When you are choosing a centrifugal pump, it is important to match it to the application and pumping system both mechanically and hydraulically. If you install a pump that doesn’t match, it can result in ongoing performance issues until the imbalance is corrected.
Matching a centrifugal pump to a system means making sure to consider some important factors. These include the flow rate, the system design, the amount of resistance in the system and the system curve.
The pump has to be the right size for the system. Deviation may force the pump to operate outside its design parameters. This can cause excessive noise, cavitation, vibration or circulation issues.
The head created by the pump is the main determinant of the flow rate in the pumping system.
System resistance head counters both the friction head and the static head in the system.
When the system resistance head is equal to the head created by the pump, it is called the duty point. When selecting a centrifugal pump, it is crucial to identify the accurate duty point.
Net Positive Suction Head (NPSH) Made Available
The NPSH is determined by subtracting the vapour head of the fluid being pumped from the total absolute head at the point of pump suction. It is important to know the NPSH available (NPSHA) when selecting a centrifugal pump for any given application. If the NPSH available isn’t greater than the NPSH required (NPSHR) with an extra margin for safety, the pump will be at heightened risk for cavitation.
In clean water systems that only transport cold water, a measurement called suction lift can be used to simplify calculations. In this case, it is also recommended that a safety margin is added in.
Matching the Requirements to the Right Pump
Once you have determined the total dynamic head, the flow rate and the NPSH or the suction lift, you can choose a pump which is appropriate for your system. The specifications can be presented with a constant speed with different impeller diameters corresponding with different head quantity curves. It can also be presented with a constant impeller diameter and varying speeds.
Either set of parameters will indicate power use, pump efficiency and the NPSH or suction lift required for the flow range of the pump. You can then determine the input power kW and speed (RPM) using the total head, required flow and suction lift from the performance curves.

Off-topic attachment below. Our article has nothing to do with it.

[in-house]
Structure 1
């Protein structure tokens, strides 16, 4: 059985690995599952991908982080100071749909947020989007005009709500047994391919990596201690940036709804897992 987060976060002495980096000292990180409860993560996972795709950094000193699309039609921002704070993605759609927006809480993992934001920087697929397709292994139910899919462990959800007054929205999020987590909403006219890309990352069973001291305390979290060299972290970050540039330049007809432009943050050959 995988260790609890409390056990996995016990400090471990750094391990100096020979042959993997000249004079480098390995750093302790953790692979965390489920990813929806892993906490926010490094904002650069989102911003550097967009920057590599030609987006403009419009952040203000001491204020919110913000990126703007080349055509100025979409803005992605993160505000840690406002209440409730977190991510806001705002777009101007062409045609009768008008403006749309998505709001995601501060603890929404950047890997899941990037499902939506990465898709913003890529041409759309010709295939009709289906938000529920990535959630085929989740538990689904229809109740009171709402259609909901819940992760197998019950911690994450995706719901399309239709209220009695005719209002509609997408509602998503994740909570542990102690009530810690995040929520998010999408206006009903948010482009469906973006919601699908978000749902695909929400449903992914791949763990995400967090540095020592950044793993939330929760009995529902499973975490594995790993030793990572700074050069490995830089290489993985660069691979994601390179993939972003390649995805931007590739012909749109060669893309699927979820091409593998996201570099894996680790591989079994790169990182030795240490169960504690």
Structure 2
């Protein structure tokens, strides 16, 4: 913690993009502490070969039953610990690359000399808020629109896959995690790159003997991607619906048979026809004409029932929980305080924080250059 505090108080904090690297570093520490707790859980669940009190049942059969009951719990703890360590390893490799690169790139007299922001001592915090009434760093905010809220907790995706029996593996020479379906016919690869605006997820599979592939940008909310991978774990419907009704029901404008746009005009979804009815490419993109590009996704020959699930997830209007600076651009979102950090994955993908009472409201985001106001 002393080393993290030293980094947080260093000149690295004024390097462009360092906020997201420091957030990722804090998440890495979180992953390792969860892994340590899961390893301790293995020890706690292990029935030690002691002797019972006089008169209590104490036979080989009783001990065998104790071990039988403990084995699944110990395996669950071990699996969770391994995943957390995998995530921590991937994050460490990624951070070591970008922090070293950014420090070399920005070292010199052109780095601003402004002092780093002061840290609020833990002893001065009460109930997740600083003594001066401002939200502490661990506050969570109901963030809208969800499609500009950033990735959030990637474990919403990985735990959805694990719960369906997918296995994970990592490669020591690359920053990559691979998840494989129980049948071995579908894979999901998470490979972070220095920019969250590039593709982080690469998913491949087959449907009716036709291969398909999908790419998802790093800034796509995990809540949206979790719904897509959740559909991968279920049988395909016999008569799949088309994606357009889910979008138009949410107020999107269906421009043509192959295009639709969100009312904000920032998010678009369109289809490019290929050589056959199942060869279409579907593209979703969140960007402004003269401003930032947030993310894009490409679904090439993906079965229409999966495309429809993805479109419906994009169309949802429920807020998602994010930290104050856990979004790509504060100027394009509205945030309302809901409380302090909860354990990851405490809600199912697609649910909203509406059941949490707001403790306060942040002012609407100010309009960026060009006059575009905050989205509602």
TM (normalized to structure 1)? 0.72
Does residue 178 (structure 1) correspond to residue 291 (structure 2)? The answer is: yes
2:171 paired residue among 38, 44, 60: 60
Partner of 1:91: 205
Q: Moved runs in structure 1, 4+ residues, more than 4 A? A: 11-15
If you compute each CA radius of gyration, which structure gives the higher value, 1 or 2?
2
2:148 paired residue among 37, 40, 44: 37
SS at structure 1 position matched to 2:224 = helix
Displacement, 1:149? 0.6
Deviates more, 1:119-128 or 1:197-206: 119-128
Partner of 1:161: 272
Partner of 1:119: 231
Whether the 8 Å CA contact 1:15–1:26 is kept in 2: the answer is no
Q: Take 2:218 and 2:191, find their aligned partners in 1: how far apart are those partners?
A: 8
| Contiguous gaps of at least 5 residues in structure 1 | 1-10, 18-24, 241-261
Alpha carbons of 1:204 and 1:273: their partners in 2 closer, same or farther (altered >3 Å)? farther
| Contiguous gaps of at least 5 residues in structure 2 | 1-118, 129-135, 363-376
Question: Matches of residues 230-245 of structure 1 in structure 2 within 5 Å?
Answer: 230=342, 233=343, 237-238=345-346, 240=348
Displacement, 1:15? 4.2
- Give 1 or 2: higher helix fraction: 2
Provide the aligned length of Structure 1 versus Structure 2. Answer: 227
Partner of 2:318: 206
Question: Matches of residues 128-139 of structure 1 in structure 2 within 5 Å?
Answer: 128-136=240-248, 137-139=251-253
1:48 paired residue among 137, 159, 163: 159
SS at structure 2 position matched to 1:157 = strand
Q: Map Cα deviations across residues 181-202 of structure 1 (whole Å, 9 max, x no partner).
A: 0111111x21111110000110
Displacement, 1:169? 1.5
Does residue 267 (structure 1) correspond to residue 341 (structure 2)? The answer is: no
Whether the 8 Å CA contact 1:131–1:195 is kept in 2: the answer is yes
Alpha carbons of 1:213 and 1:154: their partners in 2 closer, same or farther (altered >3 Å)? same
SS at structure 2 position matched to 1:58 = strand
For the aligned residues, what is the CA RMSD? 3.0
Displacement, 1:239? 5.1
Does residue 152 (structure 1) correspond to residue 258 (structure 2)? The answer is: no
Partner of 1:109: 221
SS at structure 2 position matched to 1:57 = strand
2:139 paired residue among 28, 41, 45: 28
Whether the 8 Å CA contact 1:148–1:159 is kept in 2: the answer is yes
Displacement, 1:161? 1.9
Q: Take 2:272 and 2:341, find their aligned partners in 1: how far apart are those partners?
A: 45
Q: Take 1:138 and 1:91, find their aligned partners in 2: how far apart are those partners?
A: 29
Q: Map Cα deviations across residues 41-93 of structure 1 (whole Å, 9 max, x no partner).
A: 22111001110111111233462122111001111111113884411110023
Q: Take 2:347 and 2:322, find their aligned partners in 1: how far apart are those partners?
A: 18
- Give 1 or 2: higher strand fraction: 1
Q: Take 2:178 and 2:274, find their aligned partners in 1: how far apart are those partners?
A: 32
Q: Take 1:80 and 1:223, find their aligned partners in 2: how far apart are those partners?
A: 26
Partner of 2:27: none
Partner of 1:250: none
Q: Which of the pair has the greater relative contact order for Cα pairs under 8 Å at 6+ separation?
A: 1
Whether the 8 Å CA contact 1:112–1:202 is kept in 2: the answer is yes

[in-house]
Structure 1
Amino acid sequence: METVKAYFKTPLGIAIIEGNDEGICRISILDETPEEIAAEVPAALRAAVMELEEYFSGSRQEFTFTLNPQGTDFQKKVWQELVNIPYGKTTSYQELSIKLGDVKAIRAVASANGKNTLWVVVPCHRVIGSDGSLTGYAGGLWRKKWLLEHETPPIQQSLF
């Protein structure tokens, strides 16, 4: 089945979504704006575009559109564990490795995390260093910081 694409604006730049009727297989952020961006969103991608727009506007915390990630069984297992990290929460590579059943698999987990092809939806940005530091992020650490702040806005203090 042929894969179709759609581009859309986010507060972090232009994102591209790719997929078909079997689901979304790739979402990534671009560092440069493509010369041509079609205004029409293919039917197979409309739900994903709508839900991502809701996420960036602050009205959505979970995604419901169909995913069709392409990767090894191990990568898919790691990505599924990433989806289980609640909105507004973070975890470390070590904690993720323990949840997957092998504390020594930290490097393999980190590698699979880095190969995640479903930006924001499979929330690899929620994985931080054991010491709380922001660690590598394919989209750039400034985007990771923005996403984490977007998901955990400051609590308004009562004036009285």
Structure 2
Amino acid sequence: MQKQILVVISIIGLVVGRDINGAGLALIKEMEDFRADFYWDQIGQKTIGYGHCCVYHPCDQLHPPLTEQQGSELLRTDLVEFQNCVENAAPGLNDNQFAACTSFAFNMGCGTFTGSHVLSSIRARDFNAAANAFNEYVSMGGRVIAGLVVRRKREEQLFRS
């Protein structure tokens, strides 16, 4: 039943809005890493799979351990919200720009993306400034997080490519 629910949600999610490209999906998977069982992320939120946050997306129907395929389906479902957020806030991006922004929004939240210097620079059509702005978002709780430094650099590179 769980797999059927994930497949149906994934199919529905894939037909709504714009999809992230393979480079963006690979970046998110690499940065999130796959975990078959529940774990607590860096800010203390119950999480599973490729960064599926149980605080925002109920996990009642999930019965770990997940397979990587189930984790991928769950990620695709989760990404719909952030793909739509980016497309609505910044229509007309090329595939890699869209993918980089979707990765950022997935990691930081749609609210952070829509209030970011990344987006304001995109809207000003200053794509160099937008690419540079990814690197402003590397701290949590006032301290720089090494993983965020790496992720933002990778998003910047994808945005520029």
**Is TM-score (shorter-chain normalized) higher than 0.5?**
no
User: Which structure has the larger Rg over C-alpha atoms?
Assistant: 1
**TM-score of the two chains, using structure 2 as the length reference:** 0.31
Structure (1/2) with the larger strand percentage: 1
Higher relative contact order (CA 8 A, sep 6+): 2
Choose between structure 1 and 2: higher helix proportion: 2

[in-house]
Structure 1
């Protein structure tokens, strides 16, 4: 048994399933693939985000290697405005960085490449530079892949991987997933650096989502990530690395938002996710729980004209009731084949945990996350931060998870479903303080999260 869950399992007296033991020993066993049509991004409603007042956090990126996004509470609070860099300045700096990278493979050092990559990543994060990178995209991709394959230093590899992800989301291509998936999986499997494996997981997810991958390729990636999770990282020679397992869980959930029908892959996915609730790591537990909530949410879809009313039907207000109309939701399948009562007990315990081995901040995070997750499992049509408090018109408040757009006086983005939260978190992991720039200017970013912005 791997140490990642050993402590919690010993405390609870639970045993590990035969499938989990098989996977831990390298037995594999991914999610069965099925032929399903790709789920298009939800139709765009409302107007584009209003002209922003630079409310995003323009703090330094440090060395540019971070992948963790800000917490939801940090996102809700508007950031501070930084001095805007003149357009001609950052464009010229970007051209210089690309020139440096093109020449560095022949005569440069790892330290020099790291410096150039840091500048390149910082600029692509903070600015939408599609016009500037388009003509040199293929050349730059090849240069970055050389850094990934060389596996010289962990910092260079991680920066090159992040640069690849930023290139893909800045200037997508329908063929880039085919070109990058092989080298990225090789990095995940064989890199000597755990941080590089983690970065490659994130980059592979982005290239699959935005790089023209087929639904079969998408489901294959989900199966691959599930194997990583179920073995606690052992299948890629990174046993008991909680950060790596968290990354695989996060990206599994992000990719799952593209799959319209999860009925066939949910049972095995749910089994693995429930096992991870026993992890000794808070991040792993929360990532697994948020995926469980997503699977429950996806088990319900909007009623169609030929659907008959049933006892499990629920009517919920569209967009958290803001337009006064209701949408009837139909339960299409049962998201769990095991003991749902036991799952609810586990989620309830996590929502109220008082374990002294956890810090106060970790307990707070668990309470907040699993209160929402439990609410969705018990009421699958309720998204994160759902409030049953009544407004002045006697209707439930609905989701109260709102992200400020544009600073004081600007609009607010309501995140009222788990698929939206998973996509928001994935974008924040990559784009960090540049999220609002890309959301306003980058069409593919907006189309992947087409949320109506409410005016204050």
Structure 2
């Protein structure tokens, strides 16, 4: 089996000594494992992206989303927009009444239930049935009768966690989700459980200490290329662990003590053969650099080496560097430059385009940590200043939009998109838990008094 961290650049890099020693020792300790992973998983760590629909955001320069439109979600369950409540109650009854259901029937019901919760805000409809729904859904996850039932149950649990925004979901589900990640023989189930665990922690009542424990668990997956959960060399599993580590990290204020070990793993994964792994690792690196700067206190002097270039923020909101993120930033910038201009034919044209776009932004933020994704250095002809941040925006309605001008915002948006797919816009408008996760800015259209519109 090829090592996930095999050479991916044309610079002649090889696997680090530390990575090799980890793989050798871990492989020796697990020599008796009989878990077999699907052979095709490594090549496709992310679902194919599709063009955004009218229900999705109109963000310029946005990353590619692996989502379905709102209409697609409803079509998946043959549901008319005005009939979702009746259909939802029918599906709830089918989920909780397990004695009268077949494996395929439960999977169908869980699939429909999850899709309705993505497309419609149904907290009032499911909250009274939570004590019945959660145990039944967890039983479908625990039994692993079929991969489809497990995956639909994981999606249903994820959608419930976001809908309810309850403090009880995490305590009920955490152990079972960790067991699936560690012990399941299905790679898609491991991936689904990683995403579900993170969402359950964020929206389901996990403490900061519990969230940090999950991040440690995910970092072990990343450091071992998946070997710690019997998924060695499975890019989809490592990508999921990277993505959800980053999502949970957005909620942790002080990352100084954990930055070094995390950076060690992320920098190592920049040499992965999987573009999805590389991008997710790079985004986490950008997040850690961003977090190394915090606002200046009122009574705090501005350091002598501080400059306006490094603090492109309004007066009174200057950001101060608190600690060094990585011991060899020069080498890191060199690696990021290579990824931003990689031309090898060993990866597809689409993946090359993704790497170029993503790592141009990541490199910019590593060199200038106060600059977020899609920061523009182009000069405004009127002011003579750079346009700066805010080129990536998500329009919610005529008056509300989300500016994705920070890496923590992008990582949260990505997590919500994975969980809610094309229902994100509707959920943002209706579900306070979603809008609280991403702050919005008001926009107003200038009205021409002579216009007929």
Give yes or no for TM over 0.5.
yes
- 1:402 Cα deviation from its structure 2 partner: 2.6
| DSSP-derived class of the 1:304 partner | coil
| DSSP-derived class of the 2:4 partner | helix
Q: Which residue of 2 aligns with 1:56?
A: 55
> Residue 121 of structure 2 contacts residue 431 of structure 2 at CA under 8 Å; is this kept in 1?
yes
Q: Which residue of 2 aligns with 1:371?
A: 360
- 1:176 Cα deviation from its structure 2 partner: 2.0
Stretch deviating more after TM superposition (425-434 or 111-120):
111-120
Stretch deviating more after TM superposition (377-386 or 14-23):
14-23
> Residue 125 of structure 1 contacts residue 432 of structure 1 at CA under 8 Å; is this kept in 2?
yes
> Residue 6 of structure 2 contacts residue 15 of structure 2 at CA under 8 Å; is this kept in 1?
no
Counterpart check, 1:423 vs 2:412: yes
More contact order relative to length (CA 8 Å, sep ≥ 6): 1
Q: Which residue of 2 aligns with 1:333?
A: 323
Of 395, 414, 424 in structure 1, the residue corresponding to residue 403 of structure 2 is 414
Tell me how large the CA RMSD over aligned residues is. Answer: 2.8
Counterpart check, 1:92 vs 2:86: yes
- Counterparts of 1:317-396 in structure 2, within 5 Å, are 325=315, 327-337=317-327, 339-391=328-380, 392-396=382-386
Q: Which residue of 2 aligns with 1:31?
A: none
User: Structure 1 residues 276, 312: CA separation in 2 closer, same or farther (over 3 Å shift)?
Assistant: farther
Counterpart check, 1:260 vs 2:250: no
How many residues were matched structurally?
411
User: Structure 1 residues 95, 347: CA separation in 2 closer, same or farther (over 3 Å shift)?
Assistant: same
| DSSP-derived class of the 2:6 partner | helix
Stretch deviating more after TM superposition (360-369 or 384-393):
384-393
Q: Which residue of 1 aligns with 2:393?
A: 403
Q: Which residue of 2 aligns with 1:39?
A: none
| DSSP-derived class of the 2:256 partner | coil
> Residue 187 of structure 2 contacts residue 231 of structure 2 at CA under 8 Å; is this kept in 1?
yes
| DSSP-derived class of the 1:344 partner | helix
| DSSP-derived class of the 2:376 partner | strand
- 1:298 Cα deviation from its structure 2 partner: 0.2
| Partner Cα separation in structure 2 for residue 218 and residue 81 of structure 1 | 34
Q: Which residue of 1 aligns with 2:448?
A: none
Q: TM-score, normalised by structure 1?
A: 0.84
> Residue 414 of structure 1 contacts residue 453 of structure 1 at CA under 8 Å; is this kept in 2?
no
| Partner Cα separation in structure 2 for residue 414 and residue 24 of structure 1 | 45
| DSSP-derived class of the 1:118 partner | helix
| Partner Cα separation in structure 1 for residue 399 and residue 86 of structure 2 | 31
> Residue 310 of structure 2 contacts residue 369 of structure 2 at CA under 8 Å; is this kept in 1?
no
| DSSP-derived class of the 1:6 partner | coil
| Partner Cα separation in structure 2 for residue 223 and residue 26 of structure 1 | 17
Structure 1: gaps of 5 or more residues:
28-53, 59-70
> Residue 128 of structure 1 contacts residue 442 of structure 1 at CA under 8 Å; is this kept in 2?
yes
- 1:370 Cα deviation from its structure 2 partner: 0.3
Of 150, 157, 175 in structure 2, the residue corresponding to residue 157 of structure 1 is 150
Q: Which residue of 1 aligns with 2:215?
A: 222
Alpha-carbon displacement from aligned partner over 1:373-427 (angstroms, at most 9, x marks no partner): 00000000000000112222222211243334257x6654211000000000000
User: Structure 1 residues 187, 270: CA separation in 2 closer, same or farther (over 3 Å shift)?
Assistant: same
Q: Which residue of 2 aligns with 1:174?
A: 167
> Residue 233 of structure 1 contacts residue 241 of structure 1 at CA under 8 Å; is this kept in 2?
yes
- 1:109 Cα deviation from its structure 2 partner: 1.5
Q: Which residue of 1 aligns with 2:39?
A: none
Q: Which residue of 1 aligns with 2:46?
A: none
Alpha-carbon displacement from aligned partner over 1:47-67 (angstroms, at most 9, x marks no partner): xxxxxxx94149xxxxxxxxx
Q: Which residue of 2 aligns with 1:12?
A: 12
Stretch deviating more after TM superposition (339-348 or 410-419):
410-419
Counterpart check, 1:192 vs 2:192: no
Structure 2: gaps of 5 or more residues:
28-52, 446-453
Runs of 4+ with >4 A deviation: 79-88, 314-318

Ideally, your system would be best served with a pump that has an NPSHA that is greater than the NPSHR by a reasonable margin while running at best efficiency point (BEP). The volute and impeller are operating as designed and the flow of the pump is smooth. Bearing loading, energy dissipation, vibration and shock are at a minimum and the pump should operate for a long time with no downtime.
Sadly, “ideally” isn’t often possible for a number of reasons. There is only a finite number of available pumps. Pump manufacturers would have to custom design individual pumps for individual systems. This is not feasible, practically or economically. Consequently, pumps are selected from units that are commercially available.
Specific speeds can be limited. For example, a duty point with a low flow rate and high head can exceed the limits of impeller design, causing the pump to operate near minimum continuous flow. A limited NPSHA can limit pumping speeds and running speeds.
Because duty requirements can vary to great extents, it can be impossible to find an ideal selection. For some operations, the ideal pump may be too complicated or cost prohibitive. Ultimately, choosing the right centrifugal pump can be a tradeoff between reliability, efficiency and cost.
How Big is the Compromise?
If the duty point rate is from 50-110% of the best efficiency flow rate, the pump is normally considered “acceptable.” If the BEP can’t be matched perfectly, a centrifugal pump whose operation is to the left of the BEP is preferable to one that exceeds the BEP.
We Can Take Care of it For You
Our customer service is the best in the business and we also have access to the manufacturers. If you are having trouble selecting a centrifugal pump, call Pump Solutions Australasia today. We don’t just import pumps, we provide solutions: 1300 793 418.